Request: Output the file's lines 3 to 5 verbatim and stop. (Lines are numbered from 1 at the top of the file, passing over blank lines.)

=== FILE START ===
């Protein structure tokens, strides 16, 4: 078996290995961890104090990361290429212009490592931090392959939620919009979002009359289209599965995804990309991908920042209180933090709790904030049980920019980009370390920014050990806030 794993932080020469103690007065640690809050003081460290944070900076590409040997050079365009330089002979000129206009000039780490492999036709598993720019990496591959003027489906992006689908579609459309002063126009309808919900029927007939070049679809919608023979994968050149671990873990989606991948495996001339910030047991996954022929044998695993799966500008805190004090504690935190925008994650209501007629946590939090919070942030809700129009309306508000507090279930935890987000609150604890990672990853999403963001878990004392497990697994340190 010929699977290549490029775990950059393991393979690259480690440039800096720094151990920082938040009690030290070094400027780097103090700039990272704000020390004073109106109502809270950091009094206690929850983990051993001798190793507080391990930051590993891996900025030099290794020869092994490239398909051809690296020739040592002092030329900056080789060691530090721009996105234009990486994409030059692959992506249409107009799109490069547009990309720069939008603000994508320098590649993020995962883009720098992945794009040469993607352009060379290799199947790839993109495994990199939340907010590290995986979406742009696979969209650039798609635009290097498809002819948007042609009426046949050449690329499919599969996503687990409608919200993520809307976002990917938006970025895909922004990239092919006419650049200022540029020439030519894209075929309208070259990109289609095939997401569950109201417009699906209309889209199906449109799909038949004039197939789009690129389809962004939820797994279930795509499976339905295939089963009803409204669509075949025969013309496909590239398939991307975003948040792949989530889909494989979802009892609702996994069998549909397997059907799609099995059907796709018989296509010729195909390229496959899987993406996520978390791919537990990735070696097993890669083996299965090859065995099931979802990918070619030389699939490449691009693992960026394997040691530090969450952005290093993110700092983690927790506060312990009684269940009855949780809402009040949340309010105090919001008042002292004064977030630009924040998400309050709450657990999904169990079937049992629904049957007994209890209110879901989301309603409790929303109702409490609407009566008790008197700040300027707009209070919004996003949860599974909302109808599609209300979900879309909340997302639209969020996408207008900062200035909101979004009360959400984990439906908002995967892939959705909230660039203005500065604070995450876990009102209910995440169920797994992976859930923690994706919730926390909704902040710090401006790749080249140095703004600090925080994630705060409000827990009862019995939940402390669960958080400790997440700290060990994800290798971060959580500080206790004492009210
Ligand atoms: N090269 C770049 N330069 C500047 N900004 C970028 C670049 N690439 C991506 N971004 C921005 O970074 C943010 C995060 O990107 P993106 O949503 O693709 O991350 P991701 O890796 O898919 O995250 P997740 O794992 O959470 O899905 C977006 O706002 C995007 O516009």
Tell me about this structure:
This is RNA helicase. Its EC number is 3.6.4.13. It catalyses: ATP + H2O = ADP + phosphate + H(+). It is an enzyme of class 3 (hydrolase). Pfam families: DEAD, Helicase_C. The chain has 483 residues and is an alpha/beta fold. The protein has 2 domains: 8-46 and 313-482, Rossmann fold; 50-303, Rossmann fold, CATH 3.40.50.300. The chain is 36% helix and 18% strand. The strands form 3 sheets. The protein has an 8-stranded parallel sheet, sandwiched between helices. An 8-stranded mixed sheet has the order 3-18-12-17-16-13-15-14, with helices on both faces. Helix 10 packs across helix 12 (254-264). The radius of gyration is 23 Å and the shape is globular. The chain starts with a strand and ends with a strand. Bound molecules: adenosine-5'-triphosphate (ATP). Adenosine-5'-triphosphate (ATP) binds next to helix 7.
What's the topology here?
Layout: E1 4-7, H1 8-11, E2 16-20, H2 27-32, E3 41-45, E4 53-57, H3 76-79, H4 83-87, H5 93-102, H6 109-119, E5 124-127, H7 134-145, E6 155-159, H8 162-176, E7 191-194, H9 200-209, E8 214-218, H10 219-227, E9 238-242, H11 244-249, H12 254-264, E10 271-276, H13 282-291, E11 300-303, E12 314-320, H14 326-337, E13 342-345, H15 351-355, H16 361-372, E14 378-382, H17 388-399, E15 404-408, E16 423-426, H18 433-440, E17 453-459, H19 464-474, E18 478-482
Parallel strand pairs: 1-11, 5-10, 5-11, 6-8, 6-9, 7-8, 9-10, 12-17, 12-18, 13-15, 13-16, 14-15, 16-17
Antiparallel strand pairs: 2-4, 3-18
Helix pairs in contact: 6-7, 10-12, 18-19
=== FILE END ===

Tell me about this structure:
This is RNA helicase. Its EC number is 3.6.4.13. It catalyses: ATP + H2O = ADP + phosphate + H(+). It is an enzyme of class 3 (hydrolase). Pfam families: DEAD, Helicase_C. The chain has 483 residues and is an alpha/beta fold. The protein has 2 domains: 8-46 and 313-482, Rossmann fold; 50-303, Rossmann fold, CATH 3.40.50.300. The chain is 36% helix and 18% strand. The strands form 3 sheets. The protein has an 8-stranded parallel sheet, sandwiched between helices. An 8-stranded mixed sheet has the order 3-18-12-17-16-13-15-14, with helices on both faces. Helix 10 packs across helix 12 (254-264). The radius of gyration is 23 Å and the shape is globular. The chain starts with a strand and ends with a strand. Bound molecules: adenosine-5'-triphosphate (ATP). Adenosine-5'-triphosphate (ATP) binds next to helix 7.
What's the topology here?